Saturday, May 17, 2014

Some 'data journalism' out there is just 'datum journalism'

(UPDATE: Don't miss this storified Twitter conversation.)

I tweeted this a few days ago:
Perhaps I was exaggerating, but I'm seeing too much shoddy stuff in websites like and FiveThirtyEight. They do publish interesting stories, but a very visible portion of their output is dubious.

I'm not just talking about the foolish comparisons of health care prices. That's old news. It's also the speculations about kidnappings in Nigeria (at least they corrected this one properly; good for them.) Or making long-term linear predictions while forgetting about xkcd (see the cartoon below) and black swans.

I should also mention this piece on helmets and bikes, an example of Gladwellism gone crazy: "Hey, here's a counterintuitive idea, and here you have a handful of papers and small datasets —you don't mind if they aren't that significant, if they say the opposite to what I claim, if I jump to conclusions, or if one of the studies has a sample size of one, do you?". See more (and more) details about this case, which is an absolute shame.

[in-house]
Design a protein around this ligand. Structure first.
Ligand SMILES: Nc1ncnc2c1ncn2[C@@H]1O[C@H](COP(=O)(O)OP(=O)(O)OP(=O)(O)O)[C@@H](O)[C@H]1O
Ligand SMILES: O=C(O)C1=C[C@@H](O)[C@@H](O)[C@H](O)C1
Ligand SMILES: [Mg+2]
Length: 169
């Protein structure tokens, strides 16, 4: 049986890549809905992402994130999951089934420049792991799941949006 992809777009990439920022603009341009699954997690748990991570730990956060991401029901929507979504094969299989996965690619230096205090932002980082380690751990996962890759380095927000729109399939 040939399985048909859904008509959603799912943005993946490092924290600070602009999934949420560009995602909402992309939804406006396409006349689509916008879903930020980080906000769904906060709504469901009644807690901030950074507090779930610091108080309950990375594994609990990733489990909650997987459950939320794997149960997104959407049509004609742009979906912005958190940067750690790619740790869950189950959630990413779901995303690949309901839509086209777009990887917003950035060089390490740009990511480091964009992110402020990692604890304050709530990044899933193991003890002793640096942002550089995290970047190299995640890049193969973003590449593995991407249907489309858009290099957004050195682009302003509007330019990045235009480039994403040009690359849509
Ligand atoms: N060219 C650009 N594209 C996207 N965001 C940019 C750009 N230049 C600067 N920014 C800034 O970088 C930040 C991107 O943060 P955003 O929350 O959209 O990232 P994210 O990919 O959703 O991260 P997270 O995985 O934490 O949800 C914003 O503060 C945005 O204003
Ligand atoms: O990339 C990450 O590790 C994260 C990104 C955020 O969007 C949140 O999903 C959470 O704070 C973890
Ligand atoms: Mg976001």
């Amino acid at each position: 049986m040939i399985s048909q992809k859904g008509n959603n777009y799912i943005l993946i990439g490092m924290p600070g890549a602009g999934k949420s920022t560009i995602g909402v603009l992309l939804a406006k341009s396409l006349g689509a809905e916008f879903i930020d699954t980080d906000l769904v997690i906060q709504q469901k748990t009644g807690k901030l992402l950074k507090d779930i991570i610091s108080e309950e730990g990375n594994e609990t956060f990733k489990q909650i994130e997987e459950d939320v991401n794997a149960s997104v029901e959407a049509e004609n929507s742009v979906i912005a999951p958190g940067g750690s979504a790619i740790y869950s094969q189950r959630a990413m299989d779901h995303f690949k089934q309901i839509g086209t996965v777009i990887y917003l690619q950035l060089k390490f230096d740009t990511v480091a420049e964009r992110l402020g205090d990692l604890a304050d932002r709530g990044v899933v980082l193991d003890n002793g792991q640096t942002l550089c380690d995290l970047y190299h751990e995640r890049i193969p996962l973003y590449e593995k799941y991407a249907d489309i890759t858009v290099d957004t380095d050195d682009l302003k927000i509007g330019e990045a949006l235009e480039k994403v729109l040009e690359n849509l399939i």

Data journalism, at least in some of the stories and blog posts that these organizations are publishing, has become 'datum journalism,'* a term that I've stolen from Census Reporter's Ryan Pitts. It's a pity. Some of us had great hopes. We still do, I guess, just because we want these publications to thrive, but patience isn't an infinite resource. As I said, at least FiveThirtyEight is willing to publish straightforward corrections. It's a start. The next step could be to enforce stricter editing and vetting.

(*As "datum" is the singular of "data", a "datum journalism" story is one in which grand theories are derived from insufficient evidence.)

On a positive note, Andrew Whitby, an economist at Nesta, has proposed four principles for better data journalism. Please read the entire presentation he designed. Here are the main takeaways:
1. Choose the right stories: In cases like this, a well-written review of the scholarly literature is likely to better inform public debate. Otherwise, stick to (a) lightweight but fun topics or (b) fast moving topics yet to attract academic attention. 
2. Embrace complexity: No interesting causal relationship involves only two variables.
3. Use statistics intelligently: A scatterplot of two variables with a least-squares regression line is not ‘doing statistics’. (…) Bad statistics is worse than no statistics. 
4. Finally, be modest: If you have so many caveats as to completely undermine any conclusion, then don’t offer a conclusion.
Finally, some deep xkcd wisdom: